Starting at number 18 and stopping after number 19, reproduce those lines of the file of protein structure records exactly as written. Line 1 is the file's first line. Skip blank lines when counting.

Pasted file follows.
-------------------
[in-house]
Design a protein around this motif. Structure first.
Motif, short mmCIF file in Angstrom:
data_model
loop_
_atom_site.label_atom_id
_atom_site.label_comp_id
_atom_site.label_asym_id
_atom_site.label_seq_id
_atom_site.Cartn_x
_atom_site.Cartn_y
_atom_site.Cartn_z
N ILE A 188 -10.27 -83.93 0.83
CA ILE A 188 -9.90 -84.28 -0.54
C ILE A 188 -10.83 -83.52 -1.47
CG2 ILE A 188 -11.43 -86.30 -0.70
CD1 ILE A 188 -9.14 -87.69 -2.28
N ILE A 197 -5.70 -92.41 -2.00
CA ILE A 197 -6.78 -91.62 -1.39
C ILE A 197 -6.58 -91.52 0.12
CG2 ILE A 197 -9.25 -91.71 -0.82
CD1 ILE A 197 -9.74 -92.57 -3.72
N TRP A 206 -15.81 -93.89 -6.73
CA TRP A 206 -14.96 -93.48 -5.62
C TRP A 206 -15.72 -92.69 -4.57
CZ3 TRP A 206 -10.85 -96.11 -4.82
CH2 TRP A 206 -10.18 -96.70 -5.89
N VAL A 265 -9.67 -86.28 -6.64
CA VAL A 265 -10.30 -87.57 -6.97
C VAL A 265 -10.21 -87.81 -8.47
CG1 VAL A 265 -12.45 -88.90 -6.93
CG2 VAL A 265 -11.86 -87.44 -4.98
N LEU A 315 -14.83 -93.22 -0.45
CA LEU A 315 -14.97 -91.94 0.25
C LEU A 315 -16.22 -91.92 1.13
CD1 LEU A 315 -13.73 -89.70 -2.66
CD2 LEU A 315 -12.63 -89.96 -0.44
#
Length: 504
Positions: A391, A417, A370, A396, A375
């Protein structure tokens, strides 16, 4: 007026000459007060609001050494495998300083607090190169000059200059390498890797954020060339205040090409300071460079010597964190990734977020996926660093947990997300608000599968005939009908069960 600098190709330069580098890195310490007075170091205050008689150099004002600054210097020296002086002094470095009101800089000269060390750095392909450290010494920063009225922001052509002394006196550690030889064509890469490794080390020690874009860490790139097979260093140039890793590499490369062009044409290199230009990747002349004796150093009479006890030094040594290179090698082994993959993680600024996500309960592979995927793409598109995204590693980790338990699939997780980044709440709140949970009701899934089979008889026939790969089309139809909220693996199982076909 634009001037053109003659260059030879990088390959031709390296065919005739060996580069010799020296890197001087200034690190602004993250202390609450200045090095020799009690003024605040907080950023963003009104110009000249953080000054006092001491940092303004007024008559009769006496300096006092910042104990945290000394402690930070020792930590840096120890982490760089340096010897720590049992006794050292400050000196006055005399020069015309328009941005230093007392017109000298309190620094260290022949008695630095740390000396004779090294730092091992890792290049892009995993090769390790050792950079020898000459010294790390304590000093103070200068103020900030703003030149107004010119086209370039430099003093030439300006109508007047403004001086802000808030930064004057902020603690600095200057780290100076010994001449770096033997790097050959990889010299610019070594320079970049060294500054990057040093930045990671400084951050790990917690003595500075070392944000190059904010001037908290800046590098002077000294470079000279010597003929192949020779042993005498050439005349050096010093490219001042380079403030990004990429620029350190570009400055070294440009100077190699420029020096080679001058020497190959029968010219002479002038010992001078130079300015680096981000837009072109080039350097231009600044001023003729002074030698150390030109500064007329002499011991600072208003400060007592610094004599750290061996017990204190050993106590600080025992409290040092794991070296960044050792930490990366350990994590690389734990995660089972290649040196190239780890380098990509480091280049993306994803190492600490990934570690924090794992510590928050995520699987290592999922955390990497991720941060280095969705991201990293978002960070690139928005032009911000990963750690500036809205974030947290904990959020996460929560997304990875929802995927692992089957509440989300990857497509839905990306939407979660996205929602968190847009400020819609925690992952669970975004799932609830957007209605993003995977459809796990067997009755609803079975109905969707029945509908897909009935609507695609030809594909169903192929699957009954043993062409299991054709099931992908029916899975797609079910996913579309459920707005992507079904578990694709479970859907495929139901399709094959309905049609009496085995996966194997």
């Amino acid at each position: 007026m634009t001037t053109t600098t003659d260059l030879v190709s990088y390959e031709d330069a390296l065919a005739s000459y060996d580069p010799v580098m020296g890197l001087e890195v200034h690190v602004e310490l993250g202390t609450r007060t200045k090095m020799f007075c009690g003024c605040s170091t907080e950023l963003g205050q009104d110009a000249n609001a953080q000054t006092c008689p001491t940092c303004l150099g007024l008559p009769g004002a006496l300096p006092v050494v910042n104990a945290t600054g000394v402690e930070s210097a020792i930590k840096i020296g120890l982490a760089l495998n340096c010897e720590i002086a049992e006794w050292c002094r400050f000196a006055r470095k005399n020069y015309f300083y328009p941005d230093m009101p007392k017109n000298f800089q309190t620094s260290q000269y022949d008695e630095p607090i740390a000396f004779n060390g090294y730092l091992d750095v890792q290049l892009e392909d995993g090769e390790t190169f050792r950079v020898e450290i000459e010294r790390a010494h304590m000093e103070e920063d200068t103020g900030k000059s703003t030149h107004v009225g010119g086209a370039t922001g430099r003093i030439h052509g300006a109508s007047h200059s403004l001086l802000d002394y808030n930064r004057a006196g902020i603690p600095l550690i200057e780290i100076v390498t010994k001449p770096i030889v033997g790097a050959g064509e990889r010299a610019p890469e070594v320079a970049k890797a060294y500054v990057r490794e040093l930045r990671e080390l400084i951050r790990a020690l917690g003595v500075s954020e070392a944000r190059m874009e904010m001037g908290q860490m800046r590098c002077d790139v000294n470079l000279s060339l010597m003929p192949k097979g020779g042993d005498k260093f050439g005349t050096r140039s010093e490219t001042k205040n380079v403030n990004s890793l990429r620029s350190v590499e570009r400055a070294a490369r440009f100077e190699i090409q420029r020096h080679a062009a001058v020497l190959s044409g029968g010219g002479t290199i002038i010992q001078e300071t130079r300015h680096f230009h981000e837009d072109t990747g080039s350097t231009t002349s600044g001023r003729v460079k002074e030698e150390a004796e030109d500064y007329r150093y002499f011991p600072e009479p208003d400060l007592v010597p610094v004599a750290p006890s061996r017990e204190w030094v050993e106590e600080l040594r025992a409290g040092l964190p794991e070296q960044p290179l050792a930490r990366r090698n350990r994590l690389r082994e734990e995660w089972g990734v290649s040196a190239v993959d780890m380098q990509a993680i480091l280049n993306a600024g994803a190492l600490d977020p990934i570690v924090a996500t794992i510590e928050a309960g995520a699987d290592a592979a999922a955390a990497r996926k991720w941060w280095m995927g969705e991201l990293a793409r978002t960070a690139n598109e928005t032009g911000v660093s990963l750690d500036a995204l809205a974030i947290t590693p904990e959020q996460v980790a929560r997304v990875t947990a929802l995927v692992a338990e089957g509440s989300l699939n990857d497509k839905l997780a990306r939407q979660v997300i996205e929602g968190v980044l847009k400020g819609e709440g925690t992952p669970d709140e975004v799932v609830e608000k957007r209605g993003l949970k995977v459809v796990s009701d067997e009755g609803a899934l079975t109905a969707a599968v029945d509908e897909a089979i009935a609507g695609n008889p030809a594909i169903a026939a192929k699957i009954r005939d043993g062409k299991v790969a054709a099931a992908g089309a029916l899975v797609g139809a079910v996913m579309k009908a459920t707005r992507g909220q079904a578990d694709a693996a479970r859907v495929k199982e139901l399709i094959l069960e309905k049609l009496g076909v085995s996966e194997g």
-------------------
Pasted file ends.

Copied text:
N ILE A 197 -5.70 -92.41 -2.00
CA ILE A 197 -6.78 -91.62 -1.39